Late one Monday night, I incessantly hit ‘refresh’ on my computer screen hoping for an email. Longing for THE email. The minutes felt like hours and then suddenly something popped up. The subject simply had a name – my daughter’s name. A flood of emotions overtook my husband Chris and I as we opened that file and saw her face for the first time. I saw her older four siblings for the first time in a hospital delivery room. Though the circumstances were very different this round, the feelings were the same. My daughter. My love for her was instant and deep and fierce.
She, on the other hand, had no idea I existed.
Nearly six months later, I found myself standing in a room in China, my daughter finally in my arms. On that overwhelming beautiful day I was able to breathe again, yet in other ways I felt suffocated by the great loss that accompanies when a child is not able to grow up in the family they are born into. The ache of longing for her was over, but a new journey was just beginning. I knew her love for me would not be instant. She didn’t know me. She didn’t trust me. She didn’t see that I was safe. She didn’t understand I was ‘mommy’.
It has been a little over a year and a half since that day. There are moments when her arms are entangled around my neck and I remember walking the streets of China with her staring at her hands, not understanding how to let someone hold her. These days she wraps me up in her hugs, she kisses my cheeks, she laughs and she says, “Mommy, I love you.”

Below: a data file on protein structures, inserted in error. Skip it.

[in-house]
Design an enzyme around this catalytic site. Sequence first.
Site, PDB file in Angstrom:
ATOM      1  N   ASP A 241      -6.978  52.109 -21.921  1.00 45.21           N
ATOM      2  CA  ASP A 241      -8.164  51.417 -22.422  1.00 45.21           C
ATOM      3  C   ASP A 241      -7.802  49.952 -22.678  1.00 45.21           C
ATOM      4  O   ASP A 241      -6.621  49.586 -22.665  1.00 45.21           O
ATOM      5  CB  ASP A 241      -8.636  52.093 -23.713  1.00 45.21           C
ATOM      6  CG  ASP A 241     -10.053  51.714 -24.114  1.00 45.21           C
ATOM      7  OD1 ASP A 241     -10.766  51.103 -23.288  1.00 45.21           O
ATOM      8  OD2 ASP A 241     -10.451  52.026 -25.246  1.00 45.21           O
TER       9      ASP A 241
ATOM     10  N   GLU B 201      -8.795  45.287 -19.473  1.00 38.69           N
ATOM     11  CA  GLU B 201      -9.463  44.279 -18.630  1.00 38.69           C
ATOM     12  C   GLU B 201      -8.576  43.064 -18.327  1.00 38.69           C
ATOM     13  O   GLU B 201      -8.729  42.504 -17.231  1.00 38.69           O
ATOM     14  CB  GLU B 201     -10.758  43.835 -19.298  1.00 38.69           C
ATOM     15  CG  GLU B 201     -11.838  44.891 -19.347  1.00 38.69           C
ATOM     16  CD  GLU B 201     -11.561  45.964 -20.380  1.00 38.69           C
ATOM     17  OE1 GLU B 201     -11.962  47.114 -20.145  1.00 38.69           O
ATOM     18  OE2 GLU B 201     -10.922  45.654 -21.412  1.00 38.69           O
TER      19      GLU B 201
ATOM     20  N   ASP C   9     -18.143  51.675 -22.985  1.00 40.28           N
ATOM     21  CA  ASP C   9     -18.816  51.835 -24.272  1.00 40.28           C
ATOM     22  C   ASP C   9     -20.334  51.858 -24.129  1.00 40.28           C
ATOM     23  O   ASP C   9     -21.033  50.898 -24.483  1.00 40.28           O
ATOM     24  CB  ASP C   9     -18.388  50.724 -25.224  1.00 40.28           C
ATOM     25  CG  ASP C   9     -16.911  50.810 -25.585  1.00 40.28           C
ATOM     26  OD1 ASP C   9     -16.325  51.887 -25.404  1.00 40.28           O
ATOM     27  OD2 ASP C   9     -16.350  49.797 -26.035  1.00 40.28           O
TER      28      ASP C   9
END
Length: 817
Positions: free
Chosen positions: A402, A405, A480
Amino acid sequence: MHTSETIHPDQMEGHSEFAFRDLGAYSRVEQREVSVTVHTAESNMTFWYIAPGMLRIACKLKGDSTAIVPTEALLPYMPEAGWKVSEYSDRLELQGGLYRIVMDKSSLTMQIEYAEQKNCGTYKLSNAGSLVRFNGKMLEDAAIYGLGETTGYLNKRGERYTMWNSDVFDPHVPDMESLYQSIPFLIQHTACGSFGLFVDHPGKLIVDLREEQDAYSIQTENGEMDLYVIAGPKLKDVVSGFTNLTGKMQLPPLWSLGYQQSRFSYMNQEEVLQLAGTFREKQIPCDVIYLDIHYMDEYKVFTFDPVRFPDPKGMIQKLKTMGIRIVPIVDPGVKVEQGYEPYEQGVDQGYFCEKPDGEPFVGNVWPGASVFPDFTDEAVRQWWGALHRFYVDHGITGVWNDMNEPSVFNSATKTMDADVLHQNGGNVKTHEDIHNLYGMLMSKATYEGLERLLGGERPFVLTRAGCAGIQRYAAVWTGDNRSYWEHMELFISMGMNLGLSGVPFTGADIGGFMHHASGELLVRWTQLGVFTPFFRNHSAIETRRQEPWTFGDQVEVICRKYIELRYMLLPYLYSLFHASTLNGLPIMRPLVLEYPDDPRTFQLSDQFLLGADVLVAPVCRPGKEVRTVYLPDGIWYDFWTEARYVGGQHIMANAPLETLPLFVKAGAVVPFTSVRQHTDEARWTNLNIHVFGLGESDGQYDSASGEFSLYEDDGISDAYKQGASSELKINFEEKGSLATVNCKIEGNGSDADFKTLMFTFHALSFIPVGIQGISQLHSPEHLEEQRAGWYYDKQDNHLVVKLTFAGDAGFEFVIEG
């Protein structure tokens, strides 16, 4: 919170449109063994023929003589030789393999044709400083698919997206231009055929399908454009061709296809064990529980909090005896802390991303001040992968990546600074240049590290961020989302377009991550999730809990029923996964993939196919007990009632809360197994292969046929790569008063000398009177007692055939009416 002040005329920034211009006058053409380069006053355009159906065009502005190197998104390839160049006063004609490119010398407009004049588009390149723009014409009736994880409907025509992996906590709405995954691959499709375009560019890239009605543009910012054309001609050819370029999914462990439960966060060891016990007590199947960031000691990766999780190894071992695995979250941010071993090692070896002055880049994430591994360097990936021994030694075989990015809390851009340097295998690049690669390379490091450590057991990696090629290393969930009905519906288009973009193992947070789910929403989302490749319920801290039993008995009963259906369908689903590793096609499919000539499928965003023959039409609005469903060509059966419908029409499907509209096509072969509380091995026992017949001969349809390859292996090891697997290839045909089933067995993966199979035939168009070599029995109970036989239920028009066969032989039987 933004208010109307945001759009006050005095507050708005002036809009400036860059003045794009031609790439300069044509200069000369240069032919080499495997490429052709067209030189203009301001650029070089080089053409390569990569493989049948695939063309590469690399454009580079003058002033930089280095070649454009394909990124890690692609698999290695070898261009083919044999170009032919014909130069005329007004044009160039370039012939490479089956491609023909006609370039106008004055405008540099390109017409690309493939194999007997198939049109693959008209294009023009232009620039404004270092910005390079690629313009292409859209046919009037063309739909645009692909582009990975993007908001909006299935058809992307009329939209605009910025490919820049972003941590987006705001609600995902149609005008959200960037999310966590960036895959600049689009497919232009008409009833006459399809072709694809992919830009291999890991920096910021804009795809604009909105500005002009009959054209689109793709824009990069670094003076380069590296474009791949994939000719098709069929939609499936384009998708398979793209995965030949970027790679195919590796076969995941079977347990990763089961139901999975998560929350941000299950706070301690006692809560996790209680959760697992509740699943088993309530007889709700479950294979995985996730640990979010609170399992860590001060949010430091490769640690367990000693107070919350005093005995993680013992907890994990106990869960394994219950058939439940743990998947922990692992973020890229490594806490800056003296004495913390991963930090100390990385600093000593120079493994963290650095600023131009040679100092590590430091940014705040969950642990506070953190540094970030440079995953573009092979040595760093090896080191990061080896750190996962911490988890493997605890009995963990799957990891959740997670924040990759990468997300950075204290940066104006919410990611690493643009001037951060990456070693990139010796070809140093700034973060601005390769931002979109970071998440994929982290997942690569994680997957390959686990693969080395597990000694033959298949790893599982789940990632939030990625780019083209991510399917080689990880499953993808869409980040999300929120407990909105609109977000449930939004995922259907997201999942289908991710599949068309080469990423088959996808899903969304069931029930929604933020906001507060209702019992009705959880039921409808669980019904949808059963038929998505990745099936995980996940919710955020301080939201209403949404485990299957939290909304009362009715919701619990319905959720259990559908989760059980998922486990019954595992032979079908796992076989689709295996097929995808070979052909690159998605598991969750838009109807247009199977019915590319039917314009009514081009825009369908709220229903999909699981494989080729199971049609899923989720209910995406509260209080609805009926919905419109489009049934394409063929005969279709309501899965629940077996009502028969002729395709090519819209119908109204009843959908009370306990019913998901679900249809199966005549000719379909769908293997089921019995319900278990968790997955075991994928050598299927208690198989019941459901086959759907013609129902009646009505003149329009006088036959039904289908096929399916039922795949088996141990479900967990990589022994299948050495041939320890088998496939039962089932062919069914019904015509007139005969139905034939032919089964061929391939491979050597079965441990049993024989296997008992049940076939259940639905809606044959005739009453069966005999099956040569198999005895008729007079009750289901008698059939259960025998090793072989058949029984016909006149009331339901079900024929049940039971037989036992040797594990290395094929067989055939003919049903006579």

Being a parent is such a spectacular adventure. My kids, all five of them, make life so grand (and loud and messy). Watching my youngest daughter blossom and come alive…well, there just aren’t words to describe this journey. I’m often baffled by her bravery. Her willingness to embrace me. To trust me. To let her silly self come out.
She knows I’m ‘mommy’ now. She also knows how to steal her brother’s Nintendo DS and hide in closet with it. She can chase a chicken like nobody’s business and is pretty close to mastering her front flip on the trampoline. She can fire a dart gun with precision and use a funny deep voice to make us laugh at the dinner table. She’s spunky, full of life, and definitely embracing her role as the youngest of five.
The first time I saw her face it was on my computer screen. Now I get to kiss her increasingly round cheeks every night. It is kind of super awesome.
In the midst of raising 5 young kids, who create wonderful (but messy) chaos, Ashley Campbell uses photography as a tool to delight in the seemingly not so glamorous moments of life. On her blog Under the Sycamore, and through her SnapShops photography workshops, she hopes to help others find and celebrate the marvelous in the mundane.
The Campbells spend the majority of their days on a couple acres in Oklahoma where their roots run deep. You can also find her on Instagram here.